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Corneal disease: A guide to conditions and treatments

illustration of a type of corneal disease called keratoconus

What is corneal disease?

Corneal disease is caused by any condition that damages the cornea — the clear, dome-shaped outer layer of the eye. It can result in corneal scarring or clouding and cause decreased vision. Corneal infection, inflammation, dryness, dystrophies, degenerations and injuries are all corneal diseases.

The cornea is a protective barrier that prevents bacteria, viruses and particles from entering the eye. It also filters out some UV radiation. Corneal disease results in a breakdown of this protective barrier, leaving the eye vulnerable to infection, inflammation and injury.

The cornea also provides most of the focusing power of the eye. It does this by bending light rays as they enter the eye so that they are focused on the retina to provide a sharp, clear image. Corneal disease can damage the clear corneal tissue, leading to scarring, haziness and distorted vision.

The cornea is the only part of the body that does not have blood vessels providing it oxygen and nutrients — it is avascular. There are no blood vessels in the cornea so that it is a clear window for light rays to enter. It gets oxygen that is diffused through the tears, and nutrients from the aqueous humor.  It is also the fastest healing tissue in our body, regenerating within 24-36 hours! 

How is the cornea affected by corneal disease?

The layers of the cornea provide structure and defense against particles and invading pathogens. To understand how different corneal diseases affect the cornea, it is helpful to understand its composition.

The cornea has five layers:

  • Epithelium – Smooth outer layer. It serves as a barrier and absorbs nutrients and oxygen from tears. It heals rapidly but is rich in nerve endings, making it very pain-sensitive.

  • Bowman’s layer Transparent protective layer made of collagen. It can scar as it heals.

  • Stroma – Middle layer made of water and collagen. It provides 90% of the cornea’s thickness and gives it structure and elasticity. It is important in keeping the cornea transparent.

  • Descemet’s membrane Protective layer of collagen fibers. This membrane recovers well from injury.

  • Endothelium A single layer of cells that pump excess water out of the stroma. It keeps the stroma from absorbing too much (which would cause corneal edema and haziness).

What are the main types of corneal disease?

The cornea often responds to damage and disease with inflammation. Inflammation of the cornea is called keratitis.  Many corneal diseases have “keratitis” in their names because they cause corneal inflammation along with other symptoms. Two examples are keratitis sicca (corneal disease due to dry eye) and microbial keratitis (corneal disease due to infection).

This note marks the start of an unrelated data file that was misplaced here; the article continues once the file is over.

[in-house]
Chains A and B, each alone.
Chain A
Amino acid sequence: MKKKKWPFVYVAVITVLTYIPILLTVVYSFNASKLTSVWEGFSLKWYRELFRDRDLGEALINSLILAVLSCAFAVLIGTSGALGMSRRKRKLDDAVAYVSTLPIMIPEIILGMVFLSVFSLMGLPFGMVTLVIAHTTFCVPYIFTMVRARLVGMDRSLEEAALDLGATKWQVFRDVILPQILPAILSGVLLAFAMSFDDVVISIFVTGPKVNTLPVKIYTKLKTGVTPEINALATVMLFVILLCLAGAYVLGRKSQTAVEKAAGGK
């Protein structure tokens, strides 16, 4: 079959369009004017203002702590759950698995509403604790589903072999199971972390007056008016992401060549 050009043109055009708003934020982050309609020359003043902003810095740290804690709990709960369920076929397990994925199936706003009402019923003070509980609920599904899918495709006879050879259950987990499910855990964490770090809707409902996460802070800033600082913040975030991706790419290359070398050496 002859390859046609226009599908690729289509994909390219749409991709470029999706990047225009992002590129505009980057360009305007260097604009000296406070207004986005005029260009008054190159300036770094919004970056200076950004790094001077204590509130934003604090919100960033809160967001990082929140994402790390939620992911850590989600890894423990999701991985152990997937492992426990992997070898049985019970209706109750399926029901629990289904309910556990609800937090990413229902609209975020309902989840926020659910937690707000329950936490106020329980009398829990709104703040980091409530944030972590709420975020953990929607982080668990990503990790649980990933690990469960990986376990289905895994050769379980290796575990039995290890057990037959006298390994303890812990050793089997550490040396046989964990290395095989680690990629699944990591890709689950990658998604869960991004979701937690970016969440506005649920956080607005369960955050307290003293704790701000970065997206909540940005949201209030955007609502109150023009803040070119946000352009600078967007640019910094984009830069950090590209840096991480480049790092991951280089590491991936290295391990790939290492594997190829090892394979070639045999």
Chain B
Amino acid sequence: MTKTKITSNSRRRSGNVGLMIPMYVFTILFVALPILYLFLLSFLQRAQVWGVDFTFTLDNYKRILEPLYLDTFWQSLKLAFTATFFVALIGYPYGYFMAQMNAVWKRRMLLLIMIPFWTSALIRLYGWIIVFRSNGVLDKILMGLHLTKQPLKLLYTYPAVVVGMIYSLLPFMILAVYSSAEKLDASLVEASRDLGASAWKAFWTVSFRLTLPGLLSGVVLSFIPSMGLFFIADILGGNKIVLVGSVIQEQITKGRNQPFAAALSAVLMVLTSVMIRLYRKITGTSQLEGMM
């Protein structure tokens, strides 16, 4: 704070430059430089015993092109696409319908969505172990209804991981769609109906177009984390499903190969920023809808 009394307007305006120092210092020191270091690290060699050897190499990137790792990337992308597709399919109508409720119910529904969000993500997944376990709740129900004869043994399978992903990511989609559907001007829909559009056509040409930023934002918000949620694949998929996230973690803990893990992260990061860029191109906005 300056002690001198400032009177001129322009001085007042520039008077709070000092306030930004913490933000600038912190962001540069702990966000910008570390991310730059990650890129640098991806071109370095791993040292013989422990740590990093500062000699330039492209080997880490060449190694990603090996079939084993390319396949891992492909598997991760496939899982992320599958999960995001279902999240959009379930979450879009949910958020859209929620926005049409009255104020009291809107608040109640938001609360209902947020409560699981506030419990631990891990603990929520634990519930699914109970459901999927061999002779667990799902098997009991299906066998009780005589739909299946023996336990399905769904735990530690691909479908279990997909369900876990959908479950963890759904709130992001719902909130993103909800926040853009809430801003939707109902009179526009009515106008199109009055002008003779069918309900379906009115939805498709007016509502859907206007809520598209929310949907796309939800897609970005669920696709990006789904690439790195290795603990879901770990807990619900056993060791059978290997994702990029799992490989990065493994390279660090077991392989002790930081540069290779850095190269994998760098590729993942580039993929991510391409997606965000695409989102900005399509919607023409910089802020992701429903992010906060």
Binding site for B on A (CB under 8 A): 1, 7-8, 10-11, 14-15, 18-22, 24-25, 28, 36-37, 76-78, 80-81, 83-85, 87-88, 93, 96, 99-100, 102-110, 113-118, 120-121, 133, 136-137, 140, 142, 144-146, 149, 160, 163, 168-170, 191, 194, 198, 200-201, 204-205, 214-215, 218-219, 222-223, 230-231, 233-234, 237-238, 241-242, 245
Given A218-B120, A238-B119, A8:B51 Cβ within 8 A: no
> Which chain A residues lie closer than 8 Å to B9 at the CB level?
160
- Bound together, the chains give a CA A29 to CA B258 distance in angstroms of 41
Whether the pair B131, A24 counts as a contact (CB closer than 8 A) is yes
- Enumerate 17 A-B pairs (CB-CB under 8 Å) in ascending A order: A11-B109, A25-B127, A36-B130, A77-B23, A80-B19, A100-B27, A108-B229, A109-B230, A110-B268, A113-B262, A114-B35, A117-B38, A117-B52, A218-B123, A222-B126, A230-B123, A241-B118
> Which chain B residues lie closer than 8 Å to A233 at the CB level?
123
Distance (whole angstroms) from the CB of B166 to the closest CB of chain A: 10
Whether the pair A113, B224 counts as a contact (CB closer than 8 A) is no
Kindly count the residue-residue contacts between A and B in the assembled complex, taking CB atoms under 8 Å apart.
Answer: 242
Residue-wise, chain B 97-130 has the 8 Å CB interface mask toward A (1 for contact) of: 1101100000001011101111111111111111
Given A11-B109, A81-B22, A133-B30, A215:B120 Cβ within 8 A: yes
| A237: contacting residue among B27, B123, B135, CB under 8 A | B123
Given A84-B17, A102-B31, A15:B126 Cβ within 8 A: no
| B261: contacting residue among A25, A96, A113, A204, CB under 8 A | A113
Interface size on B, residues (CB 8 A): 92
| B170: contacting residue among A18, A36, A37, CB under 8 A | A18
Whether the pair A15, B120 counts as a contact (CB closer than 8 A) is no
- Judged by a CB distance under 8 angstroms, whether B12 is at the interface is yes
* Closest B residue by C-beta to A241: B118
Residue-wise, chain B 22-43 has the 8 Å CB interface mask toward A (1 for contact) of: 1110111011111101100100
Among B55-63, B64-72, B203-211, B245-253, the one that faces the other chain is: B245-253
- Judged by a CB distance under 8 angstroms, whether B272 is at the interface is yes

Corneal disease can result from:

  • Dystrophies

  • Degenerations

  • Keratoconus

  • Dry eye (keratitis sicca)

  • Infections

  • Trauma (such as a scratch or a lodged particle)

Corneal diseases are the second leading cause of blindness in the developing world. Numerous volumes of books exist about all of the many corneal diseases. We will cover a few of the more common ones. 

Corneal disease due to dystrophies

Corneal dystrophies consist of slow-progressing, rare genetic disorders that run in families. They are non-inflammatory and cause a buildup of material in the corneal layers of both eyes. This buildup causes the cornea to lose its transparency, resulting in a decrease or loss of vision.

There are over 20 corneal dystrophies that affect the anterior, middle and posterior parts of the cornea. A symptom that a number of people with corneal dystrophies suffer from is recurrent corneal erosion. This is when the corneal epithelium does not adhere to the eye properly and breaks down as soon as the eyes are opened after sleeping. It can lead to sudden onset of pain, blur, tearing and light sensitivity

Corneal dystrophies are classified by which of the five layers of the cornea are affected. The most common dystrophies include:

Fuchs’ corneal disease or dystrophy

This dystrophy affects the back (posterior) of the cornea — causing damage to the endothelium and Descemet’s membrane

One function of the endothelium is to pump fluid out of the stroma. This prevents the stroma from swelling and becoming cloudy. In Fuchs’ corneal disease, vision is most blurry in the morning because fluid builds up overnight and clears as the day progresses. As time goes on, the cornea stays swollen the entire day, causing constant blur. 

This condition is more common in women. It can be treated by eye drops and ointments or even a hairdryer held at arm’s length to dry the corneal surface. Eventually, Fuchs’ dystrophy may require corneal transplant surgery or an endothelial keratoplasty (EK). An EK is a procedure that transplants healthy endothelial cells on the cornea.  

READ MORE: Fuchs' corneal dystrophy: 7 things you should know